Mates of State : Re-Arrange Us

Mates of State start out strong but their sound gets simpler and simpler the further you go into their latest, 'Re-Arrange Us'. ...
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Mates of State : Re-Arrange UsMates of State start out strong but their sound gets simpler and simpler the further you go into their latest, Re-Arrange Us. The husband-and-wife duo of Kori Gardner and Jason Hammel have been putting out records this entire decade, and their latest doesn’t exactly change up Mates of State’s ultra-bright vocals/keys/drums sound.  One will find more of a dancetronica air to Re-Arrange Us, which gives it a nice sheen.  But the closer one looks, the less that is there.

However, the record starts off strong with its top two tracks, “Get Better” and “Now”.  “Get Better” just gets better as it grows into a grand anthem (akin to the far more crowded outfit, Polyphonic Spree).  But “Now” is Re-Arrange Us’ top track, as its carrying brightness can get to everybody.  From there, however, the album starts to slide.  The following “My Only Offer” is nice in its shine, but simple, and Mates of State’s catchy sound gets even simpler with “The Re-Arranger”.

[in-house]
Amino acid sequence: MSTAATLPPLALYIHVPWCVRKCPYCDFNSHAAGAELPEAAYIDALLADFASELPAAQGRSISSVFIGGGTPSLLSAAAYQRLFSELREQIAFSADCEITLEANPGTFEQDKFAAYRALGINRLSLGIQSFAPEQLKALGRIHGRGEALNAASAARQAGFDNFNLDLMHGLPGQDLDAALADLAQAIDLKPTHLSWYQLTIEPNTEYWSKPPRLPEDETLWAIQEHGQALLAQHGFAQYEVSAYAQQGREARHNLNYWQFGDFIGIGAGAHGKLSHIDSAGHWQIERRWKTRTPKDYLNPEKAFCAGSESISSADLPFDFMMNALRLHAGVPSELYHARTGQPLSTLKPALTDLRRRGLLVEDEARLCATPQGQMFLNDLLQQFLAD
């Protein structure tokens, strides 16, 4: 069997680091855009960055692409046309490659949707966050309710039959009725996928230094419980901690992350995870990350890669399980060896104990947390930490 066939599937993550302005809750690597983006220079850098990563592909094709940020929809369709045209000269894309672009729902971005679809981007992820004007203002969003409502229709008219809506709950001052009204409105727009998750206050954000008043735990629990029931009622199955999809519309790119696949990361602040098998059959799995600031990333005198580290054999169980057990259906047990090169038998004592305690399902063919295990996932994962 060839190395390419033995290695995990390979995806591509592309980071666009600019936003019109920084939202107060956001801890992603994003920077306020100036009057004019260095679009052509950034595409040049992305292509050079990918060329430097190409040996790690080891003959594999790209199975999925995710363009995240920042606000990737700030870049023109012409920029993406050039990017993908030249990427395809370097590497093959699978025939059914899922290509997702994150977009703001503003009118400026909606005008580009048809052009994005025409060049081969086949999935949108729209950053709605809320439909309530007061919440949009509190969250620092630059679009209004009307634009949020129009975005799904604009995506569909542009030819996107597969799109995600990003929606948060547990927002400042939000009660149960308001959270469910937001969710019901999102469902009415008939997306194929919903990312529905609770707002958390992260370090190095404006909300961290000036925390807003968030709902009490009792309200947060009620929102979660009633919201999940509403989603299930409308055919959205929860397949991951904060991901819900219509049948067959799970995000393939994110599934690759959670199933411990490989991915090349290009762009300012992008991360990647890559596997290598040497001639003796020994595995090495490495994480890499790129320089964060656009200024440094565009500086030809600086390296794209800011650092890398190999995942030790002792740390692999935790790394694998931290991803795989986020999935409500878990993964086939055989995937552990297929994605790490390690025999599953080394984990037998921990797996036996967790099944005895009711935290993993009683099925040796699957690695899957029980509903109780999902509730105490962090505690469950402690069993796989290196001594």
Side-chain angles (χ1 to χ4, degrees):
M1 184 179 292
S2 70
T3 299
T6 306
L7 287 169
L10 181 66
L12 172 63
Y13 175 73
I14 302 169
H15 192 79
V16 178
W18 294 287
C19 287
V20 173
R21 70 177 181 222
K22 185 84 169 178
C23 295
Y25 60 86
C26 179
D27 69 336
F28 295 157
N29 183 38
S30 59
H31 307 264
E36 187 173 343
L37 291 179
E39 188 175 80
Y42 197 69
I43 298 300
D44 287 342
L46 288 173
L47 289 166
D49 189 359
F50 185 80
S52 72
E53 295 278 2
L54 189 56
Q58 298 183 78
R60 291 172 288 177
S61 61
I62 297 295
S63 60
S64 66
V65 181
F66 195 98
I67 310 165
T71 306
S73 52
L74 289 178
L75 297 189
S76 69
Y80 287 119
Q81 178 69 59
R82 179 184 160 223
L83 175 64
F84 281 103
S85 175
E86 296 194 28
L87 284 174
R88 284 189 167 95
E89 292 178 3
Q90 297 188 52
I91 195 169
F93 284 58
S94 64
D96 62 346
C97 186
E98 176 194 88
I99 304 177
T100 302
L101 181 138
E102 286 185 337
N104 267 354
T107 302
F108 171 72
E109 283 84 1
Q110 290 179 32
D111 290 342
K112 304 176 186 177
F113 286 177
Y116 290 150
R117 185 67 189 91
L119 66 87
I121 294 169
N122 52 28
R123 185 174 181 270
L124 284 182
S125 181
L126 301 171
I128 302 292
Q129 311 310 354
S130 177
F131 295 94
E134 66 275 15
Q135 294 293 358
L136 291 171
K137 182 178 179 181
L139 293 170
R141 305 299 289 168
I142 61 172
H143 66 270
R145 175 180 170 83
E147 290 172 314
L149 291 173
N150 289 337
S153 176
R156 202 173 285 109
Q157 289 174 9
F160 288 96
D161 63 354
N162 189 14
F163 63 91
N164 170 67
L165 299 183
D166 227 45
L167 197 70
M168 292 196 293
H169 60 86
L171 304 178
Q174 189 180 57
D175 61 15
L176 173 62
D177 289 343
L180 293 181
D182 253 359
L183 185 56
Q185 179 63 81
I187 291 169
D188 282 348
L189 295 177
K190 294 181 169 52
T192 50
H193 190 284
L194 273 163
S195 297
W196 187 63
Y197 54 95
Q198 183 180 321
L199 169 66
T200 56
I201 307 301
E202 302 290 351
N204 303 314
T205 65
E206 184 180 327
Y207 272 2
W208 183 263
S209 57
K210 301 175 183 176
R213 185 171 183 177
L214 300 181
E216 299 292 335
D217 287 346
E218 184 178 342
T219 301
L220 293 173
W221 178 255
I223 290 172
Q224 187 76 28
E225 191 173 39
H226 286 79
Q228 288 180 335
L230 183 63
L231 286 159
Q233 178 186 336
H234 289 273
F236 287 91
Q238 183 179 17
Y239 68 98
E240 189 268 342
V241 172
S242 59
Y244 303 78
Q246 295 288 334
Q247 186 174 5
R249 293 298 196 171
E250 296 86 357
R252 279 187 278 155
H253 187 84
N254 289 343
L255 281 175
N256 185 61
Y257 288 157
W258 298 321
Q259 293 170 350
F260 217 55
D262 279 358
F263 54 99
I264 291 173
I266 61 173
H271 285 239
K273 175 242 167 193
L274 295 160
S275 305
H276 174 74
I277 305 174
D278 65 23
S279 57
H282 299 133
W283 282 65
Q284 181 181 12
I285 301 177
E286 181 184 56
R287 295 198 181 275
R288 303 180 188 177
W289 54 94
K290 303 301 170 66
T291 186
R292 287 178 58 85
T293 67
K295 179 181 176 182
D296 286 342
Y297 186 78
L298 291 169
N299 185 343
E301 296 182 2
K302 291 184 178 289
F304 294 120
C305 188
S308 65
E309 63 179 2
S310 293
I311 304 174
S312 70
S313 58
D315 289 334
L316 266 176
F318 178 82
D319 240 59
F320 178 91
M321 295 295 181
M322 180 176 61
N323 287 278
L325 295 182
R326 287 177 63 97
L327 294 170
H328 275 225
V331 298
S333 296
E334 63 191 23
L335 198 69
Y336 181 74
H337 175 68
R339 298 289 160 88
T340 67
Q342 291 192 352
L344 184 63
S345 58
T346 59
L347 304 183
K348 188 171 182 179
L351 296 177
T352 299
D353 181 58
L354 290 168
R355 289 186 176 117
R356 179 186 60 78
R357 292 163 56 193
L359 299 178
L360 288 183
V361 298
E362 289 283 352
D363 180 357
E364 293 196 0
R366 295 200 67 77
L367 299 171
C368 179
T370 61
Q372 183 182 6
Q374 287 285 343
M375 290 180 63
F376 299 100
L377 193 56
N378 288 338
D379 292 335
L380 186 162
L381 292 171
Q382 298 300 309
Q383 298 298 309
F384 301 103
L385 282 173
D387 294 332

At least that track benefits from some interesting vocal hooks from Hammel.  The shine has worn off by “Jigsaw”, and “Blue and Gold Print” is just downright banal.  While that’s the record’s nadir, nothing on the second half comes close to matching the high points of “Get Better” and “Now”.  The dance nature of “Help Help” puts it above “Jigsaw” and “Print”, but only just, and the same can be said for the backwards effects on “You Are Free” and shiny drive of “Great Dane”.  Finisher “Lullaby Haze” is really the only place where Mates of State try to get more complicated, as Kori goes higher with her vocals on the more orchestral piece, and, while it’s better, the duo doesn’t quite have the chops to pull it off.

If one doesn’t listen too closely, Re-Arrange Us can be a nice spin, with its bright nature picking up your spirits.  But on further inspection, there’s something lacking.  The Lawrence, Kansas-born band, having long since left Middle America, are returning home for the Wakarusa Music Festival.  Maybe they can find their ‘there’ there.

MP3 Stream: “Now”

{audio}/mp3/files/Mates of States – Now.mp3{/audio}

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